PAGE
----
The Official Portal to the Madness of Dark Fiction Author Patrick C. Greene

THE HORROR LABEL: HOW TO OWN IT

Having just wrapped up the first draft of ASGW (A Shotgun Wedding ~ Feature Film), I find myself reflecting on what horror fans and casual movie goers alike, if pressed, will likely tell you -that a horror film provides a certain rush -and even edification- in short supply elsewhere.  Great horror takes us to the edge of The Black Abyss-death-and makes us take a good hard look. Then it yanks us away, relieved and grateful to be alive.
But not every filmmaker shares this perspective. I knew a would-be auteur once who liked to refer to horror films as the “ghetto” of filmmaking, as if it was the lowest rung of the cinema experience, for both its creators and its consumers.
Obnoxious as such an assertion is, it’s not uncommon. Fangoria magazine once had a regular feature called “It’s Not a Horror Movie”, set aside for pretentious producers and directors who were trepidatious about having their film get lost in the endless tide of low-budget, quickly produced fear fare capitalizing on the tail end of whatever was the latest terror trend.
A legitimate concern, certainly. But my counterpoint is that the cream always rises to the top; if you have something to offer beyond quickie exploitation and you work toward manifesting it, then you will please both yourself and the fans-and what could be better?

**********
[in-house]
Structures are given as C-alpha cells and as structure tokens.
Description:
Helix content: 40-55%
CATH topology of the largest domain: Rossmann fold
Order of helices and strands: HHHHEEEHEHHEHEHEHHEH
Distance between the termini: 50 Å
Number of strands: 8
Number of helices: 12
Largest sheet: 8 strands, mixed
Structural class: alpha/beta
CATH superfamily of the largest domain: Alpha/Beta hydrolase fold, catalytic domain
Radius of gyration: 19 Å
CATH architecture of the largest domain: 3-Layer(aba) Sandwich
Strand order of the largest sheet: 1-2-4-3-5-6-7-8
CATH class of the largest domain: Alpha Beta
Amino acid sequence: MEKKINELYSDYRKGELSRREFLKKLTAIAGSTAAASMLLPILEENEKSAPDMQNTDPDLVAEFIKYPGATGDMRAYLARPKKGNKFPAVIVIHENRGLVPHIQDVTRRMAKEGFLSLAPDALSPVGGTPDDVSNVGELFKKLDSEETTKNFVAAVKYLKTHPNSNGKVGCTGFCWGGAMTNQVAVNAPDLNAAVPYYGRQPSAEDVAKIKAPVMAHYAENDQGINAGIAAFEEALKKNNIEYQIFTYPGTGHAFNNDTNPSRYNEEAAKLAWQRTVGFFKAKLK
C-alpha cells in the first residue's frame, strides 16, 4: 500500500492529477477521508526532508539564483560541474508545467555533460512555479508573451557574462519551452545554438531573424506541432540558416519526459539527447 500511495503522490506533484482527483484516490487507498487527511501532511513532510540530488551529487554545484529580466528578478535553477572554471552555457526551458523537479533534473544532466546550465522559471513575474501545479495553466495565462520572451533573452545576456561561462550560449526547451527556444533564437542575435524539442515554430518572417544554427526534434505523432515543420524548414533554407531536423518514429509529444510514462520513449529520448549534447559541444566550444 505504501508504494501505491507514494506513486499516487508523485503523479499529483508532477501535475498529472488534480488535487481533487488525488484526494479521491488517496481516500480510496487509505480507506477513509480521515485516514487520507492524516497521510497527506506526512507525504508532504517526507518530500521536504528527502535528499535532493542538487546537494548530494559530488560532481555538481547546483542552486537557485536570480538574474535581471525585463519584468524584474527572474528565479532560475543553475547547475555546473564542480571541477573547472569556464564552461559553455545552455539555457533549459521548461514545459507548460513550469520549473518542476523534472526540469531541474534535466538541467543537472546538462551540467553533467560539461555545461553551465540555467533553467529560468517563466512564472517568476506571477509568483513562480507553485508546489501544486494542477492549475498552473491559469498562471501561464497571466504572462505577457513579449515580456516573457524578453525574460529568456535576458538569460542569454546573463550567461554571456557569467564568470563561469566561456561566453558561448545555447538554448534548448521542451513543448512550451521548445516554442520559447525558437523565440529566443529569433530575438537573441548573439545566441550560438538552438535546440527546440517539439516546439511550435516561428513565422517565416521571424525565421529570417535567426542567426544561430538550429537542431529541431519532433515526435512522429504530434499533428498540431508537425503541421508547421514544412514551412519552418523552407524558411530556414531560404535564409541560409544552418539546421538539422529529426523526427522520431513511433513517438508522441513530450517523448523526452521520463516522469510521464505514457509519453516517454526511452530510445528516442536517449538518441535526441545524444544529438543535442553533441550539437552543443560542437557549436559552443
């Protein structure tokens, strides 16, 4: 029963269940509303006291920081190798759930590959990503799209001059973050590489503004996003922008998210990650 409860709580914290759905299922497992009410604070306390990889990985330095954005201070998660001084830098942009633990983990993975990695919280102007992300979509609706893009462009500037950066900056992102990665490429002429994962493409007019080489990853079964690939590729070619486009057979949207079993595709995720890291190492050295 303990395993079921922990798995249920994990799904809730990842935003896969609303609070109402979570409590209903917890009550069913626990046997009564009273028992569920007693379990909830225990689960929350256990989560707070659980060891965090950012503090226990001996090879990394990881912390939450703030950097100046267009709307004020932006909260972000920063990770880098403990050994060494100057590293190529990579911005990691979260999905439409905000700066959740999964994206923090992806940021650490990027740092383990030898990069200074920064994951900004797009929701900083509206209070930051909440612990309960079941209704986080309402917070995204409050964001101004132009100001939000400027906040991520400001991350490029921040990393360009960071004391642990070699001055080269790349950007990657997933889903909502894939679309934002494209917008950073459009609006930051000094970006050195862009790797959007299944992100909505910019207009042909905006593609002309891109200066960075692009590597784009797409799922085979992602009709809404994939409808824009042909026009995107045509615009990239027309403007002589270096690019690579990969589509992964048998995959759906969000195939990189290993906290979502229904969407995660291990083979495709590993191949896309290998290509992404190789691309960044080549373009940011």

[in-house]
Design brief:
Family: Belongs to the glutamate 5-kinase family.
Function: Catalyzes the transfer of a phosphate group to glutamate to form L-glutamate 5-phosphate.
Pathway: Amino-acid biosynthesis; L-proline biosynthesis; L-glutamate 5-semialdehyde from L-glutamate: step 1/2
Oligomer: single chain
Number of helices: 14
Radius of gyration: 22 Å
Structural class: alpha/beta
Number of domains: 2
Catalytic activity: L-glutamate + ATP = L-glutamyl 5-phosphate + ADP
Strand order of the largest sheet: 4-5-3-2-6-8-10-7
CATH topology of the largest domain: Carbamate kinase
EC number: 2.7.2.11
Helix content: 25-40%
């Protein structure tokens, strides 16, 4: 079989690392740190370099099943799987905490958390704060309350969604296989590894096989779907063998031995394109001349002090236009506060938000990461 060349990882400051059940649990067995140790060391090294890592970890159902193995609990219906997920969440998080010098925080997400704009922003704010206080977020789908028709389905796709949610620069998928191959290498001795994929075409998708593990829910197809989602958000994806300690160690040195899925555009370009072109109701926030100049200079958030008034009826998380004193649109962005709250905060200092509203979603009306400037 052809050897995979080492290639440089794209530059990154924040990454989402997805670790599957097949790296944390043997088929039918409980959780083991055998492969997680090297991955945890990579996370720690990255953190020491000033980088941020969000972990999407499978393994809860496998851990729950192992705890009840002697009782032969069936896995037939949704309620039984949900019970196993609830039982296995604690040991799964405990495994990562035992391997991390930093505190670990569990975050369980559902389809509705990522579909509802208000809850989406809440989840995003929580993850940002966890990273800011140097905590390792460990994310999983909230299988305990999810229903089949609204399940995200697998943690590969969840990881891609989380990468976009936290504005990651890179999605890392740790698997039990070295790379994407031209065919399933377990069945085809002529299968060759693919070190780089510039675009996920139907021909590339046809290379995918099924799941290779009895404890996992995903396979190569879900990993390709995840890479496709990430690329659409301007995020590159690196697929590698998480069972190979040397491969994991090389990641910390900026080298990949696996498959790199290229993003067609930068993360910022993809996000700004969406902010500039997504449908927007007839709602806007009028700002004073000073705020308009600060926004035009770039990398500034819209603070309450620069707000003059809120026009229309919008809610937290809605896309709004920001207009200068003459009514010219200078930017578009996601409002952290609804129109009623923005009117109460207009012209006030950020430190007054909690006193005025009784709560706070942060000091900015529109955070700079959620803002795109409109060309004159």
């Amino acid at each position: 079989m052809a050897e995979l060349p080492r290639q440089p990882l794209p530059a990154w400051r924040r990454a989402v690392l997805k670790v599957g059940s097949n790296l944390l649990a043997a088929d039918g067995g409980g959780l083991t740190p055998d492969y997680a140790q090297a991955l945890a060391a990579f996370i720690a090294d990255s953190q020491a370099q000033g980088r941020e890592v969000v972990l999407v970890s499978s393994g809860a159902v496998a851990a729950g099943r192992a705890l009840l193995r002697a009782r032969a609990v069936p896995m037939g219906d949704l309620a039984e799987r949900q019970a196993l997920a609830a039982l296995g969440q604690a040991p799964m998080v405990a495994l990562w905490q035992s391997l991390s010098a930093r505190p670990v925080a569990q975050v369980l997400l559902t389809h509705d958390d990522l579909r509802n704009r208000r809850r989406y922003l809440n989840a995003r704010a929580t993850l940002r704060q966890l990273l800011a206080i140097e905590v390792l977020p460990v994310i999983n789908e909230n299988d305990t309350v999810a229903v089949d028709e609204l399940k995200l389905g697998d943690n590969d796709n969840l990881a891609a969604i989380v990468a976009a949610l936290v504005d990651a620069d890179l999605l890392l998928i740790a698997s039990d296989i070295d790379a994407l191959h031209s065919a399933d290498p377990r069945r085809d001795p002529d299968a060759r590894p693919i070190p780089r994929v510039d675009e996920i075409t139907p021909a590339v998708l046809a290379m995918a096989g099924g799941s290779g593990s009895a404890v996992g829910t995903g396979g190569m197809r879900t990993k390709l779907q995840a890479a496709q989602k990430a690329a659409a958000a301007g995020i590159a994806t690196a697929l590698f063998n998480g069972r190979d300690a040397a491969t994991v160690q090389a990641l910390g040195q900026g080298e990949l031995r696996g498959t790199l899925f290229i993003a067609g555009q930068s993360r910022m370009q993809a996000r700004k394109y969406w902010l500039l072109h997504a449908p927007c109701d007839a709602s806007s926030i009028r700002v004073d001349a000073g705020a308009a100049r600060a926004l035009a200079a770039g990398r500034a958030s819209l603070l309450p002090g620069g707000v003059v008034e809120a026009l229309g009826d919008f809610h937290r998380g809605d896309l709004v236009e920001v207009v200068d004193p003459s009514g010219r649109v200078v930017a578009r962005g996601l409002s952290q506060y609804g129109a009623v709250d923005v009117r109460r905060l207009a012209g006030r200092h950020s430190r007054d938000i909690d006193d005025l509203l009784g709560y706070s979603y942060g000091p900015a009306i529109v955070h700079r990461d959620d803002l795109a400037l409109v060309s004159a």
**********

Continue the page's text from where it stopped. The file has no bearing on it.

A few years back, I became involved with a project that was initially presented to me as a horror film. After working on a few drafts, and hearing how this would rise above the lowly efforts of talentless hacks like Clive Barker, George Romero, etc. -then having it re-packaged as a “supernatural thriller” (the word “horror” was to be avoided), I realized this project was in grave danger of collapsing under the weight of its own pretentiousness. A few shady dealings later, I opted out completely-and am I glad I did. That project, fortunately for my career, and for you the consumer, died an ignoble death, mourned by no one.
The lesson here is: let a script/film be what it is, don’t “church it up” -this only alienates an audience that I know to be passionate, intelligent and discerning; i.e., the horror fan.
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